There are those who say that Scripture gives us a clear articulation of the fall of Satan in passages such as Isaiah 14 and Ezekiel 28, but I believe those are about the king of Tyre, which is exactly what those passages say. To make them an allegory about Satan when God tells the prophets that they are really about earthly kings is to remove from their proper context. Especially in the book Ezekiel, chapter 28 comes in a long line of “laments” about earthly kings God will judge because of their behavior toward Israel. Why is this particular lament pulled out to supposedly be about Satan while the rest are not?
It is best to simply read Job at face value and see that the accuser, Satan, is given permission by God to take away all that Job loves. Not a single event in the book of Job takes place apart from the will of God. Not only is Satan in God’s presence, but it is God who actually brings up Job to Satan. Satan tells God that the only reason Job loves God is because God protects him against evil. To show that the accuser is wrong, God permits him to take all his belongings and his family, but he cannot take Job’s life. Job’s livestock are killed as collateral in a siege, and his children are killed in a natural disaster. Job begins to mourn, but he also begins to worship. In the beginning, Job is a good man who does not blame God for the works of Satan.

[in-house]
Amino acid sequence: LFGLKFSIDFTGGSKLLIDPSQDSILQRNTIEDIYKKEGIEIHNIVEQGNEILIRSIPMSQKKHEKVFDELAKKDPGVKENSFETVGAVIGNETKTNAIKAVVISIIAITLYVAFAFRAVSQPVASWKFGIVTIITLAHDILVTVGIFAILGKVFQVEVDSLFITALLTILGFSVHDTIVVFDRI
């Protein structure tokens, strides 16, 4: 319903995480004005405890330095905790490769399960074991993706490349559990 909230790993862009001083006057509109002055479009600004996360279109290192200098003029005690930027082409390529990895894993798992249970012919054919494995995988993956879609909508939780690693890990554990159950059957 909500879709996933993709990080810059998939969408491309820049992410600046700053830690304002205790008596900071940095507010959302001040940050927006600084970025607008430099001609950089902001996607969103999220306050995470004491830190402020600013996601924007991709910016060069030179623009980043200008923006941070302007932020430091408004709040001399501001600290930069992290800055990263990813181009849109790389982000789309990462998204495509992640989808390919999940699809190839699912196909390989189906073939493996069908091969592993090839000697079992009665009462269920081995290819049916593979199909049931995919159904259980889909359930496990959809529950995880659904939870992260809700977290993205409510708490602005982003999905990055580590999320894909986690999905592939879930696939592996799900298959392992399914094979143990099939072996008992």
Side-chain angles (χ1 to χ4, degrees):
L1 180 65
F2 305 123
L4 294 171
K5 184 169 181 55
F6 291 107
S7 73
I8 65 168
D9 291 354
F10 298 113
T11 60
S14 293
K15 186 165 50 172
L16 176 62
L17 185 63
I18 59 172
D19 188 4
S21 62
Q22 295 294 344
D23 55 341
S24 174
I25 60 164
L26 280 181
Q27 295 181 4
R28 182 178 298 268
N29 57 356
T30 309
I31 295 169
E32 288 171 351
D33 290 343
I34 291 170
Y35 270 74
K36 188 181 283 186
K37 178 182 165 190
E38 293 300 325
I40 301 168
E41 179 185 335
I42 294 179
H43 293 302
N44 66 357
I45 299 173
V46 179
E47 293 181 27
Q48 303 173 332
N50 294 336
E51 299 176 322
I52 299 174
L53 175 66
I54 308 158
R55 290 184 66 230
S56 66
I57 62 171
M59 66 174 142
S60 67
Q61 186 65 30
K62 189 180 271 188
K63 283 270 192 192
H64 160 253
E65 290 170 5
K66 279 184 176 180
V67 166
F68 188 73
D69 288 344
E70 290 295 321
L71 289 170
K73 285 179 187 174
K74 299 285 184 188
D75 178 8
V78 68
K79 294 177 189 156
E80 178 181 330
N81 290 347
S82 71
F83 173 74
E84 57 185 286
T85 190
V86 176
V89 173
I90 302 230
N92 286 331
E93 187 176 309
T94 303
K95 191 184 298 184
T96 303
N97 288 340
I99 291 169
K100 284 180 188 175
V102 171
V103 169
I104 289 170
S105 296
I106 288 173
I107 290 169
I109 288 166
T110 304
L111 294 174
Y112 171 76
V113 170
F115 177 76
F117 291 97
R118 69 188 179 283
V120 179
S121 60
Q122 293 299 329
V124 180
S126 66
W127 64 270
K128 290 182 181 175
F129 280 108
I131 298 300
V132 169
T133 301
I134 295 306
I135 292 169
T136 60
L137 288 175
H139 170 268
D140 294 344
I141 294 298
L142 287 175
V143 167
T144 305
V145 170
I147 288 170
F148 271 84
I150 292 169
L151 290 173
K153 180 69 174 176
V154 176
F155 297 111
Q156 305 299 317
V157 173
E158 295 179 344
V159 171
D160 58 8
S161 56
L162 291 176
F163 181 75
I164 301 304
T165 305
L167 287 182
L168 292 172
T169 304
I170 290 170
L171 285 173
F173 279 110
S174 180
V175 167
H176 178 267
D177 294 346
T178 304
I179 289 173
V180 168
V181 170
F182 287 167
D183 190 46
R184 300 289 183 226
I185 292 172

Paul has concluded his inner monologue about the relationship of law and gospel. Only if we understand that the law cannot save but only condemn does 8:1 make sense: there is no condemnation for those in Christ Jesus. The law of Moses condemns, but the law of the Spirits sets free. Therefore, those set free in the Spirit should live accordingly. The indwelling presence of the Spirit is the proof of regeneration. And if we have the Spirit, we will inherit future blessings even if we suffer in the present. And if we are aware of our future blessings, we will think differently about our present suffering.